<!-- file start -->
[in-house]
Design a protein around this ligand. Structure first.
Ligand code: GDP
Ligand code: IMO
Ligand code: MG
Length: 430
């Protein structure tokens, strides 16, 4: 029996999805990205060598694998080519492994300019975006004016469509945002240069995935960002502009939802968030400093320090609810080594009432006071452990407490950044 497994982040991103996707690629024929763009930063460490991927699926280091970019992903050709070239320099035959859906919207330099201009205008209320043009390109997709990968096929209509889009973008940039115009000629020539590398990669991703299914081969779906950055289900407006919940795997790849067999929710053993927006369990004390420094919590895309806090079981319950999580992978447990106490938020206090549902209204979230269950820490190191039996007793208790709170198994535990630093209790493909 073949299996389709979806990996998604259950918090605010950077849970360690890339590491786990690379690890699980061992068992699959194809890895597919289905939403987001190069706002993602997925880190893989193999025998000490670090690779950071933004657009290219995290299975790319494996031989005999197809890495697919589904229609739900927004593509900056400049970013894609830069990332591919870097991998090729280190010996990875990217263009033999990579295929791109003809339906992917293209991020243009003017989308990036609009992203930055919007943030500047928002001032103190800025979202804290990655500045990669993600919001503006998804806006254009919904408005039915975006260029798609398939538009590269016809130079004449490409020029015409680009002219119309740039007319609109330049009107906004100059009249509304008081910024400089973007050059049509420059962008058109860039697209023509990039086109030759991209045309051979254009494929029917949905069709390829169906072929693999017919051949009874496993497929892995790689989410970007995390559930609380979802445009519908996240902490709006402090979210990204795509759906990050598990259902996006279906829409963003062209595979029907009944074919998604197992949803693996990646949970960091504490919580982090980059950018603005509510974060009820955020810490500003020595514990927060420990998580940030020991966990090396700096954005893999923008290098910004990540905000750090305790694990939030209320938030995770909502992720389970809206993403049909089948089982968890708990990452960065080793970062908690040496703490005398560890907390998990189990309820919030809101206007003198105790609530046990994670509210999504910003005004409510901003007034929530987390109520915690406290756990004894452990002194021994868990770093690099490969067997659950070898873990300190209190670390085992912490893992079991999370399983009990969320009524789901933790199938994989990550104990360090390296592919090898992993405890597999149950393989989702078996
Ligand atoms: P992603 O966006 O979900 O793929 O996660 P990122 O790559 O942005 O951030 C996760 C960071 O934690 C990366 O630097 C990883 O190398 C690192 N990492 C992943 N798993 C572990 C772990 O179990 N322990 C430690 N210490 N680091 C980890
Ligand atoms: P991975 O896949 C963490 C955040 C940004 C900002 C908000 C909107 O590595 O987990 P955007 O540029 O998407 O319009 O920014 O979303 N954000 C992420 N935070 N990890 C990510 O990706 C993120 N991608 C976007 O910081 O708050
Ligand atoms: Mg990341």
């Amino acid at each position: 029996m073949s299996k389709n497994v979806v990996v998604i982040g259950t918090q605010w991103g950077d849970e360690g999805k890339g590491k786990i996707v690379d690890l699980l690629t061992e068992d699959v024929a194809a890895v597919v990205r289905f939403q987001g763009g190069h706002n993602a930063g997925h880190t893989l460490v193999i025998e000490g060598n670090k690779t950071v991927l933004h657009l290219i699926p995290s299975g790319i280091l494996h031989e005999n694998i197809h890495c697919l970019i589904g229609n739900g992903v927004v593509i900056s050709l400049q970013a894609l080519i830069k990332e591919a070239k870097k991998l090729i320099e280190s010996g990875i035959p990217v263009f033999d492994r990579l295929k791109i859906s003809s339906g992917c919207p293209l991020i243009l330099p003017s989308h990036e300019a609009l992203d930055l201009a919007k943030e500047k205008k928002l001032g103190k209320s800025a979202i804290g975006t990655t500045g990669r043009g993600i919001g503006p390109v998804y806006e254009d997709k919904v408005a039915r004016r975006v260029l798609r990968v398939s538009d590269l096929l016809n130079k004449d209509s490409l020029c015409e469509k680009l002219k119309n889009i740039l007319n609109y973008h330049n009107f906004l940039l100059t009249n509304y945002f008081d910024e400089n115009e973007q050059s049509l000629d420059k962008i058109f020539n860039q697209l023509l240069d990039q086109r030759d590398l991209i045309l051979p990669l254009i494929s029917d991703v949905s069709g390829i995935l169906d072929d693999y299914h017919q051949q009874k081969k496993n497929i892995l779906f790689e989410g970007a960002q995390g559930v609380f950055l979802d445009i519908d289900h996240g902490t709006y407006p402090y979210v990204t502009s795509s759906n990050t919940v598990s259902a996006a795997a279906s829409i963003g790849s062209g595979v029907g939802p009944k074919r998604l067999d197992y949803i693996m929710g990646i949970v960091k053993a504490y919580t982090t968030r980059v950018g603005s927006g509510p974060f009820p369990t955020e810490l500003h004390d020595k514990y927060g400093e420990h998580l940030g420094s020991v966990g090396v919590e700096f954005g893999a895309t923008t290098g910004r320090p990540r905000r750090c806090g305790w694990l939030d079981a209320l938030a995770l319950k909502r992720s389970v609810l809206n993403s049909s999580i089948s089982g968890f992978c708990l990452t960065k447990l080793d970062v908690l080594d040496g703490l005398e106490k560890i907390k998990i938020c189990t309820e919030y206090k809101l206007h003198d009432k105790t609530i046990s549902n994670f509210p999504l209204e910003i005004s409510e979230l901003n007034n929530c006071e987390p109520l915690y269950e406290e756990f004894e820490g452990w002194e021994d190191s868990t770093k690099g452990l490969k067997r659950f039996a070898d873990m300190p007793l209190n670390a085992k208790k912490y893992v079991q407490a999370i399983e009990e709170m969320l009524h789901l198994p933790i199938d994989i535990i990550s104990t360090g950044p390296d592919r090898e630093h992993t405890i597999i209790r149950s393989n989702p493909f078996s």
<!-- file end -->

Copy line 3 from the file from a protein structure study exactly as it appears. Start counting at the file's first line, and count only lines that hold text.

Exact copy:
Ligand code: GDP